Insecticide/Homicide?

Scientists reckon that around 400,000 species of insect are currently threatened with extinction largely by the overuse of man-made insecticides (https://www.theguardian.com/environment/2019/nov/13/insect-apocalypse-poses-risk-to-all-life-on-earth-conservationists-warn). Even worse, they are of the opinion that the loss of these important pollinators and food items will challenge the existence of many other species including we humans.

Monday, 11 November 2019

Putting a Tortoise in the Tank?

The air transport industry's attempt to burnish its 'green' credentials have not been helped by reports of widespread tinkering (https://www.bbc.co.uk/news/science-environment-50365362). In this process, the plane's tanks are filled with excess fuel in locations where it is cheap, thus saving the airline money. The increased weight, however, results in more greenhouse gases being emitted than would otherwise be produced on a trip of that distance. It seems, to some people, that the airlines are more concerned about their bottom line than about their effects on climate change. All this at a time when the very concept of regular air travel is being challenged.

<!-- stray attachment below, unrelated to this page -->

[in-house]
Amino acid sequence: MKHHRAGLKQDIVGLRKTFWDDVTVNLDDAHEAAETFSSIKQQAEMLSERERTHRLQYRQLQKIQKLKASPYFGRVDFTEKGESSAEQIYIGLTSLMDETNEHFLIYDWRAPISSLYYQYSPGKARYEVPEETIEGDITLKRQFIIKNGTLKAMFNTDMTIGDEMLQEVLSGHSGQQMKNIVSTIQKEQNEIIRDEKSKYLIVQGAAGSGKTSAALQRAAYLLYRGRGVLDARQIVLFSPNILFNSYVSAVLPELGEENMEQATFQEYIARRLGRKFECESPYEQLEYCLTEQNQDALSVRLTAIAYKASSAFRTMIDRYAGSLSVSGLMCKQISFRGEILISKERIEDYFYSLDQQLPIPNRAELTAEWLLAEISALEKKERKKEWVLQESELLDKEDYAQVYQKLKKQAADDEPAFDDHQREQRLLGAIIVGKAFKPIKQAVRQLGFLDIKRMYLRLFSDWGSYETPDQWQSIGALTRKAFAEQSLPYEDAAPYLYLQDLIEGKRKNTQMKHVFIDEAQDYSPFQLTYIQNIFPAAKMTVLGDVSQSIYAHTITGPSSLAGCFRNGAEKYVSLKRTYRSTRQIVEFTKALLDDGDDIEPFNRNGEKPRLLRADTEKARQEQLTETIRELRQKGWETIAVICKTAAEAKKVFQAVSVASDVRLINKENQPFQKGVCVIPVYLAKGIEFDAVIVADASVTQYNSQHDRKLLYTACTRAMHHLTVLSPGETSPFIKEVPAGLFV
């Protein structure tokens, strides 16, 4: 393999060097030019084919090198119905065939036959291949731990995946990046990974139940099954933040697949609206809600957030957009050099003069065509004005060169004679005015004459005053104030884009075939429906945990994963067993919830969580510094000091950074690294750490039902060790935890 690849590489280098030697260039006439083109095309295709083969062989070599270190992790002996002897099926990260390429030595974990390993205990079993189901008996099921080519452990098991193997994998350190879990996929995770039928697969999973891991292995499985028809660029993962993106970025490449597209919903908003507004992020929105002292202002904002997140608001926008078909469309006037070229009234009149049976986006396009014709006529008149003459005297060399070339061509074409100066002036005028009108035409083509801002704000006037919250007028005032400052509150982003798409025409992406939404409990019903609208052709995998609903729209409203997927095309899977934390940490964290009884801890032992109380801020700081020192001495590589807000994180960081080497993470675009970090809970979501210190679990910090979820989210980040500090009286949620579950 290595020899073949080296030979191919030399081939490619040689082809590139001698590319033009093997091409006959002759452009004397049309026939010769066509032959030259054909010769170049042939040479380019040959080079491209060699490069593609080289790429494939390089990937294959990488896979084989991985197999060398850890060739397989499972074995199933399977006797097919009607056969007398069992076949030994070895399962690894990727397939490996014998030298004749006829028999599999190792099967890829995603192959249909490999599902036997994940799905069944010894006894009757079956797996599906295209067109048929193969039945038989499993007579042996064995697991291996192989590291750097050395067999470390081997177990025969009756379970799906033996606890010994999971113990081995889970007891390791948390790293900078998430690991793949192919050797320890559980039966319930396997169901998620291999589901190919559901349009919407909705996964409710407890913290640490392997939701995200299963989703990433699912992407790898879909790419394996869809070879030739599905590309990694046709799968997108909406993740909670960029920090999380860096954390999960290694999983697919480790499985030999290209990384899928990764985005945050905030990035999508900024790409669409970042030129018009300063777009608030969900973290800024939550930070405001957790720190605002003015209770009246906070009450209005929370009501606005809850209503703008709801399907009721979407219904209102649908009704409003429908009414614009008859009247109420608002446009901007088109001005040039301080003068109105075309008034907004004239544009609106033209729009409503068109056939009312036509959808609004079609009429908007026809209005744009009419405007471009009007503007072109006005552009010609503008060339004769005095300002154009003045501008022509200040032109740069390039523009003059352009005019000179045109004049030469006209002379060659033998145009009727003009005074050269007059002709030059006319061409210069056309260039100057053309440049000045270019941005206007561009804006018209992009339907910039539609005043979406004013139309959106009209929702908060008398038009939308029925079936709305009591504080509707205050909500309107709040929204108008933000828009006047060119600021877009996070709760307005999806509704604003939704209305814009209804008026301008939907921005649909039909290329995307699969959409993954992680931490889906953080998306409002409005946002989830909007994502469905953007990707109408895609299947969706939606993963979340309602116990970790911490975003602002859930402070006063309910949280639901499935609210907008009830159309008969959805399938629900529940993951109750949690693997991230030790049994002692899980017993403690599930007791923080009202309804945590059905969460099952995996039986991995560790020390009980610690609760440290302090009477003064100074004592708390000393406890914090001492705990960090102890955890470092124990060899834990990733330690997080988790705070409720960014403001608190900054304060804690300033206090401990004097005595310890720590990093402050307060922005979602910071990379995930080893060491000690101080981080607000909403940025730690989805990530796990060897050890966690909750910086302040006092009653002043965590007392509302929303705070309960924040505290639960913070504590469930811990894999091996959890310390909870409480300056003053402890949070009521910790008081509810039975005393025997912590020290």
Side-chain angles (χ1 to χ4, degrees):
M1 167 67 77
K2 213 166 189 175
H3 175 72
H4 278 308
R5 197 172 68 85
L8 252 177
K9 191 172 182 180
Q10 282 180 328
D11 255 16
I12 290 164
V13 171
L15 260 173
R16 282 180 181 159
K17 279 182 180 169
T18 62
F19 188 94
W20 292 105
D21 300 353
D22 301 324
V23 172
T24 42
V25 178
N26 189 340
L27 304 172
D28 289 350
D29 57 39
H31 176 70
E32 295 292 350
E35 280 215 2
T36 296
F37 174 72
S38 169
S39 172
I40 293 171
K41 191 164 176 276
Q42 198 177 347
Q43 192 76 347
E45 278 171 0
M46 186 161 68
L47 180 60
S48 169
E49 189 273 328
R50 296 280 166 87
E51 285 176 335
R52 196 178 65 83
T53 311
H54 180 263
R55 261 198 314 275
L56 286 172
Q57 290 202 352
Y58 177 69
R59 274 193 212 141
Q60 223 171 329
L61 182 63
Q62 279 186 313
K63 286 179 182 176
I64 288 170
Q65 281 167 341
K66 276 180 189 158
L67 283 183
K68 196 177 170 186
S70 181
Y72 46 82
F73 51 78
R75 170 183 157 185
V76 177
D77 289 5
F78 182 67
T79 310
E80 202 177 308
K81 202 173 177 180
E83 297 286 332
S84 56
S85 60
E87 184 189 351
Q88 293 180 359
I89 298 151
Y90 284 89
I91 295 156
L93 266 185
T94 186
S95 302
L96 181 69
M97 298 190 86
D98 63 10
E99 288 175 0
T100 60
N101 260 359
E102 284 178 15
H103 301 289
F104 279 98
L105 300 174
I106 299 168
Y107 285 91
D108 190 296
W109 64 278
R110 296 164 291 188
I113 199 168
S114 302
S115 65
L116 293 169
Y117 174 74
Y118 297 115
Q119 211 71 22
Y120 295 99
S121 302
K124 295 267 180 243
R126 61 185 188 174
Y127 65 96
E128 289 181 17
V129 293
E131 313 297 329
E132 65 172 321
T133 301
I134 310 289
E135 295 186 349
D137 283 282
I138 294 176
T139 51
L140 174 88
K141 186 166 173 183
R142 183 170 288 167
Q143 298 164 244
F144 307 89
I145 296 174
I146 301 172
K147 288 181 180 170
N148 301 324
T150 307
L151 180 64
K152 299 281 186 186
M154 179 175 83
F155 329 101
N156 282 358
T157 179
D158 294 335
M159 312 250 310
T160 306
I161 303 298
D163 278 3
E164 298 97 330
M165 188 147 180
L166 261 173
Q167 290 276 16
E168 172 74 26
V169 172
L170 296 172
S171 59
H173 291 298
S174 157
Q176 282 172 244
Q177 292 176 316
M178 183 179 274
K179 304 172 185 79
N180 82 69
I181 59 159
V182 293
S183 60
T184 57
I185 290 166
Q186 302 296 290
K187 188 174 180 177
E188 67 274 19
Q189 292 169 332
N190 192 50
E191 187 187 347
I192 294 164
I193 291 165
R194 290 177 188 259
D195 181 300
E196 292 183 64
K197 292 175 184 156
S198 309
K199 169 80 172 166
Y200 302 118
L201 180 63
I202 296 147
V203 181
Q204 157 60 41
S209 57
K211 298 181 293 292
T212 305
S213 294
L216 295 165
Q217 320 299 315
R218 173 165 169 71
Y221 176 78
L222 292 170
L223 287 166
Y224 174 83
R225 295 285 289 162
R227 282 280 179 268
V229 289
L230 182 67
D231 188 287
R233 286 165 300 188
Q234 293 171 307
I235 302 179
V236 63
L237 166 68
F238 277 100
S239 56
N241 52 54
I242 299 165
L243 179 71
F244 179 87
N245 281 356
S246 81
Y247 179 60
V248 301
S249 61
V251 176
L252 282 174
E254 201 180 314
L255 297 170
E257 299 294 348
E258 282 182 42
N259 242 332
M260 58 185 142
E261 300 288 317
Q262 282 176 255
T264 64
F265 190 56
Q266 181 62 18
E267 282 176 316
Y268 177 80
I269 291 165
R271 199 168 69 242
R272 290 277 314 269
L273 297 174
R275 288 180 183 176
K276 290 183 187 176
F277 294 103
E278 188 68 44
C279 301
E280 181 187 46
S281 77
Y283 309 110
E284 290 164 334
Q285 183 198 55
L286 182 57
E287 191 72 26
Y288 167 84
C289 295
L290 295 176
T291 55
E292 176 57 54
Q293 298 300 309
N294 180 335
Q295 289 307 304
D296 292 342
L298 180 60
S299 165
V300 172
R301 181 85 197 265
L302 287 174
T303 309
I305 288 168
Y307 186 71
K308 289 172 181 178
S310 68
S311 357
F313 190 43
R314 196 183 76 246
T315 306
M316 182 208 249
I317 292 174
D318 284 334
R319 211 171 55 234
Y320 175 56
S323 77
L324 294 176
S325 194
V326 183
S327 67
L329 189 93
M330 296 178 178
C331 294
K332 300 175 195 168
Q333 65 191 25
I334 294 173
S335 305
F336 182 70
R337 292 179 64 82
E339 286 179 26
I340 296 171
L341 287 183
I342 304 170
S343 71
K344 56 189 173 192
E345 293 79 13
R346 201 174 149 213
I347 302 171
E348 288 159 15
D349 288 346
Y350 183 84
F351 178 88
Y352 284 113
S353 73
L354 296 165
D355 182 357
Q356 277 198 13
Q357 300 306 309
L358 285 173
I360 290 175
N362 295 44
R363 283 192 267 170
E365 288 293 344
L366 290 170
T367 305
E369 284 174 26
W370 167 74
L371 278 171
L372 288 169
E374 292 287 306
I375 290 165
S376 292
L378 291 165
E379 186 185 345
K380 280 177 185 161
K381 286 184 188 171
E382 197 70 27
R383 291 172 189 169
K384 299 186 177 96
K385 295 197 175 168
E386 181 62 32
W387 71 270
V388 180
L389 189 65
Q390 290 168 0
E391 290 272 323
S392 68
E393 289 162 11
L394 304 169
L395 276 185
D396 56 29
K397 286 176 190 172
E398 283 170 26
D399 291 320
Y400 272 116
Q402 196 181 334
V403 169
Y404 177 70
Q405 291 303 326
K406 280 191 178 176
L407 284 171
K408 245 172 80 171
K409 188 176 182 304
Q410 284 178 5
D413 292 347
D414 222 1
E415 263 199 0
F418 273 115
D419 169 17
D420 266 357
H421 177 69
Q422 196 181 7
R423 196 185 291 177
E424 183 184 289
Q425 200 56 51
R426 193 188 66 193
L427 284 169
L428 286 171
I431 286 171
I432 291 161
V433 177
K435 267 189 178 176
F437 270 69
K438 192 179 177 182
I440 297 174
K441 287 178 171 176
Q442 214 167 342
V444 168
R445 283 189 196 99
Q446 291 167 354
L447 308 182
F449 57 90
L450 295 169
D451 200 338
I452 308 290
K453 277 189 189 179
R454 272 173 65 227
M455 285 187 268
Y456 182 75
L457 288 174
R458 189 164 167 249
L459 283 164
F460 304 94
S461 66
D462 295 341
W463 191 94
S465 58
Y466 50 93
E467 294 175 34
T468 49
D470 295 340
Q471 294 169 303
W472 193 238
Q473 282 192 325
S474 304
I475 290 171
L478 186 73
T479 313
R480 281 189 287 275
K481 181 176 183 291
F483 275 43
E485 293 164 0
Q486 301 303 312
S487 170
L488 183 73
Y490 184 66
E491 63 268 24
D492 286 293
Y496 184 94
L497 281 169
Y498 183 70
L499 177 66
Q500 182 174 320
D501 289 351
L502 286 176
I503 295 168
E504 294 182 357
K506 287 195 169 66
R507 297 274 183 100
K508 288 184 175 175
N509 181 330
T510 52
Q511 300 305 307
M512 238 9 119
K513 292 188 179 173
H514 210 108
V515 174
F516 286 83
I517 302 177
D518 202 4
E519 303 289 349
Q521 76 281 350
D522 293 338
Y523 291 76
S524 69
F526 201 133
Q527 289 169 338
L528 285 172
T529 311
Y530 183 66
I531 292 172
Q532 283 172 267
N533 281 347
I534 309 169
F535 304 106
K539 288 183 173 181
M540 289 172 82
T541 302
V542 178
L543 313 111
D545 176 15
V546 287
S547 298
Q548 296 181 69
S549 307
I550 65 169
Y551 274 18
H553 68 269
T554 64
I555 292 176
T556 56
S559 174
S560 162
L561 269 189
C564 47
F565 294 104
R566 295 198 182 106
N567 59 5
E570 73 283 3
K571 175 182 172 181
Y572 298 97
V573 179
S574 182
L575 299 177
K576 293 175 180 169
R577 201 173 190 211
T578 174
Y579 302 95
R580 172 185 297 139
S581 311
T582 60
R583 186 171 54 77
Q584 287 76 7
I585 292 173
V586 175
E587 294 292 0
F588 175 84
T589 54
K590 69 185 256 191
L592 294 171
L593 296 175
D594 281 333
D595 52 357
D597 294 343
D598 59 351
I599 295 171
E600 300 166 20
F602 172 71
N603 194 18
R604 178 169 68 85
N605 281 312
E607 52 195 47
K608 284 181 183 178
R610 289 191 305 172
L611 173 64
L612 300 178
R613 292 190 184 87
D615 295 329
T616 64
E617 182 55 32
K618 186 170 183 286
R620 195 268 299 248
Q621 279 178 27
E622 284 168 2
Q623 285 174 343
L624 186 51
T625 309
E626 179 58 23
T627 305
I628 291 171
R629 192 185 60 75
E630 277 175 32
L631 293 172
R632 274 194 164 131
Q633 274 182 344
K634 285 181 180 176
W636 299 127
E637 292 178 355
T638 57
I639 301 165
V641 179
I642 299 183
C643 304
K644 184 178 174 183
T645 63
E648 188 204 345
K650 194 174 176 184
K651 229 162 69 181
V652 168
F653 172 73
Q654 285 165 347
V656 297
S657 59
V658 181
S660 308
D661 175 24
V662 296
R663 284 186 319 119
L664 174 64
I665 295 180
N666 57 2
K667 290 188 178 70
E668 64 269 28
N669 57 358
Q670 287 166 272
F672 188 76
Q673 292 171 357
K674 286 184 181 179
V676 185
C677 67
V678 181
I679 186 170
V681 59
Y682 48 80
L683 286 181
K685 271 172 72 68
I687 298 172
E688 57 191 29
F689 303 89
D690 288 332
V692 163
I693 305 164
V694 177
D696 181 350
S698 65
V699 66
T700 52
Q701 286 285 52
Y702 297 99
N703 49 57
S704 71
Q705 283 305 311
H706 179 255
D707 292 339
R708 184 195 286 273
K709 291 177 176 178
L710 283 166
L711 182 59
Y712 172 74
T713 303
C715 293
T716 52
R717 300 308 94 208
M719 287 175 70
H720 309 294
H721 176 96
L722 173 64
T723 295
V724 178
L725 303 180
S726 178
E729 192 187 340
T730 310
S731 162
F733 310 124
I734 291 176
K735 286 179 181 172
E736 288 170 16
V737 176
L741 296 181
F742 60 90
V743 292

Sunday, 10 November 2019

Faking to Conserve?

In an interesting variant, there is a report that scientists hope to flood the illegal market with a fake rhino horn made from compacted horse hair (https://www.theguardian.com/environment/2019/nov/08/scientists-plan-to-flood-black-market-with-fake-rhino-horn-to-reduce-poaching). The product is said to be convincing, even when viewed under a microscope and it is actually made from the same material (keratin) as the real horn that is used in Chinese medicine. The hope is that the introduction of faux rhinoceros horn will, by substantially driving down the price, make poaching much less rewarding. It would, of course, also be useful to confirm that rhinoceros horn has no medical benefits.

Wednesday, 6 November 2019

The Tide That Will Never Go Out?